State Police: Wait a Minute, Those Aren’t Cheetos

Officers seized more than 2,400 oxycodone pills hidden inside the container.

By | Boston Daily |
State Police

Photo Courtesy of State Police

Drug dealers have to be pretty crafty when trying to move their product around. But even when they try to mask bags of drugs by stuffing them in Cheetos containers, it’s no match for the wits of the Massachusetts State Police.

In a picture posted by officials online Tuesday, officers said they bagged a suspect toting around more than 2,400 Oxycodone pills in Sturbridge over the weekend. The photo indicates that the drugs were stashed inside of the container.

According to the photo posted by State Police on Facebook, the Cheetos can had a removable bottom, which had more than 20 bags of the drug stashed underneath.

From the report:

Massachusetts State Trooper Scott Driscoll assigned to the State Police Barracks in Sturbridge was on patrol in the town of Sturbridge when he stopped a motor vehicle for motor vehicle offenses. As a result of an investigation and subsequent search of the motor vehicle several plastic bags containing narcotics was located. Trooper Driscoll, assisted by Trooper Nick D’Angelo, located approximately 2,400 pills believed to be a Class B substance Oxycodone.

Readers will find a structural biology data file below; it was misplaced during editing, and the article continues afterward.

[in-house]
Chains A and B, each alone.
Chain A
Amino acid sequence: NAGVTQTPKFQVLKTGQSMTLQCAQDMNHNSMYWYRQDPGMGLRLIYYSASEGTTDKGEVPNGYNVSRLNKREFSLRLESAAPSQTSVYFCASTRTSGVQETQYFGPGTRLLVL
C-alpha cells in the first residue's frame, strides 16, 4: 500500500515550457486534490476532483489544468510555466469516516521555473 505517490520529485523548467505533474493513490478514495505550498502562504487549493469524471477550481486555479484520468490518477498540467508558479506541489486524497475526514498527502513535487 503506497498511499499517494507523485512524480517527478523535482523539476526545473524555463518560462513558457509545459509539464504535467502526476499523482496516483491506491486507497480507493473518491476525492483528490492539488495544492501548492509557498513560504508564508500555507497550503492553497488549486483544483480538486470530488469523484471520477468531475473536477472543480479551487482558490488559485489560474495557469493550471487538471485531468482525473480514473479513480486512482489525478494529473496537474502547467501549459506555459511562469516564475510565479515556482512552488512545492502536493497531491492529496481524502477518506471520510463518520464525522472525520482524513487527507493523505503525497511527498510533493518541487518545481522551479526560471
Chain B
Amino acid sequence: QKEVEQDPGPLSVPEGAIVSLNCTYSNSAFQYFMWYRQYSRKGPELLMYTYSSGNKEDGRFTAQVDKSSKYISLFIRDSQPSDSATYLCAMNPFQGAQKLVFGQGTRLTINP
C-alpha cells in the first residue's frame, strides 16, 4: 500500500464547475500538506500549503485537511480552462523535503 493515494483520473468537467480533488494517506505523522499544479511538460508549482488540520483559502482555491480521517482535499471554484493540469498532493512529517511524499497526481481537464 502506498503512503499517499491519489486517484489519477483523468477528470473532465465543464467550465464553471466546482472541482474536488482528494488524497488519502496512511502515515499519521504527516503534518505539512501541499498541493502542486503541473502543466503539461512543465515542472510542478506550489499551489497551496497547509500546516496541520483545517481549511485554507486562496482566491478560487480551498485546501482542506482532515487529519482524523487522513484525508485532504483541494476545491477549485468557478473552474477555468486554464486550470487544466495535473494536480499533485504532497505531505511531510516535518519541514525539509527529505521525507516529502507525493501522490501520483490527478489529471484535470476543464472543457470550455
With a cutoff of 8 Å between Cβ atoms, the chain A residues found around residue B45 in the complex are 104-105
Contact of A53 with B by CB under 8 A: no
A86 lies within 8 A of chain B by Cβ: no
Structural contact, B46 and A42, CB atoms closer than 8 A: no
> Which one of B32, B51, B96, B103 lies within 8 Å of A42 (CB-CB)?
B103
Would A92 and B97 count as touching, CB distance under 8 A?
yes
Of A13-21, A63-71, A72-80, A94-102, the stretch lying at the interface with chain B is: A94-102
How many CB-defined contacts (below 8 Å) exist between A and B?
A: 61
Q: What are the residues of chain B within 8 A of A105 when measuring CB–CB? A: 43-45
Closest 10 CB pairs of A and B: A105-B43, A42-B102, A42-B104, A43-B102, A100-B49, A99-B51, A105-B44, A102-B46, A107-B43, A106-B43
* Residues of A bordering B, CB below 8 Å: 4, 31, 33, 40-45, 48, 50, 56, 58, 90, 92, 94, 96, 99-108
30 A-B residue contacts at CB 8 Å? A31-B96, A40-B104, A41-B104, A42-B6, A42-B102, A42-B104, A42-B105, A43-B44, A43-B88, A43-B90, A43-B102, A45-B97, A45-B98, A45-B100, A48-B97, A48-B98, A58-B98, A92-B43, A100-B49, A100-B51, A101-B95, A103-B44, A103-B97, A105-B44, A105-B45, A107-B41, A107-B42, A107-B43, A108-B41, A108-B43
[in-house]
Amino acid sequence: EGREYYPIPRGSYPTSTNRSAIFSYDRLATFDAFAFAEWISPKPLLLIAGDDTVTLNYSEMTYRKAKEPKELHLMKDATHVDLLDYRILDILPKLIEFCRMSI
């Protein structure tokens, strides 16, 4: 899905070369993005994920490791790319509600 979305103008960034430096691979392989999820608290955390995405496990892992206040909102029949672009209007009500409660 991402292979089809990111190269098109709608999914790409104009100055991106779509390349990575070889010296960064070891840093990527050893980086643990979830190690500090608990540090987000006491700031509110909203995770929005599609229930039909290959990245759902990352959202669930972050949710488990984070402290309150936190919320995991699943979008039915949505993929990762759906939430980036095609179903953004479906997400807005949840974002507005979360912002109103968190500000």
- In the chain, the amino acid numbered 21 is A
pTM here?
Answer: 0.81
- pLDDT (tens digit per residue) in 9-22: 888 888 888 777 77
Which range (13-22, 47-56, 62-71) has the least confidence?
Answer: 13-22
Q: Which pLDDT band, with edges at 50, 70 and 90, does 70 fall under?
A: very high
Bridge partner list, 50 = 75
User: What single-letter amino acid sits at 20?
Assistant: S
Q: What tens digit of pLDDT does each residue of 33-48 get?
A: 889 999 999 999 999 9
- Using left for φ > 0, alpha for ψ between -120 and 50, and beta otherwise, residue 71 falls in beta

Oxycodone is considered a “semi-synthetic opioid” that produces effects similar to heroin. Massachusetts has been plagued with an opioid epidemic in recent years—even taking the title as one of the worst states in the country in terms of overdoses and use of this particular type of drug.

The Cheetos bust isn’t the first odd drug run-in that State Police have had in the Western part of the state in recent months.

Back in late December, officers pulled over a carload of suspects that allegedly had 1,200 bags of heroin in their vehicle, many of which were marked “Obama Care,” and “Kurt Cobain.”

A spokesman from the department claimed that it was common for alleged dealers to mark their brand with clever titles as a way of marketing their personal product.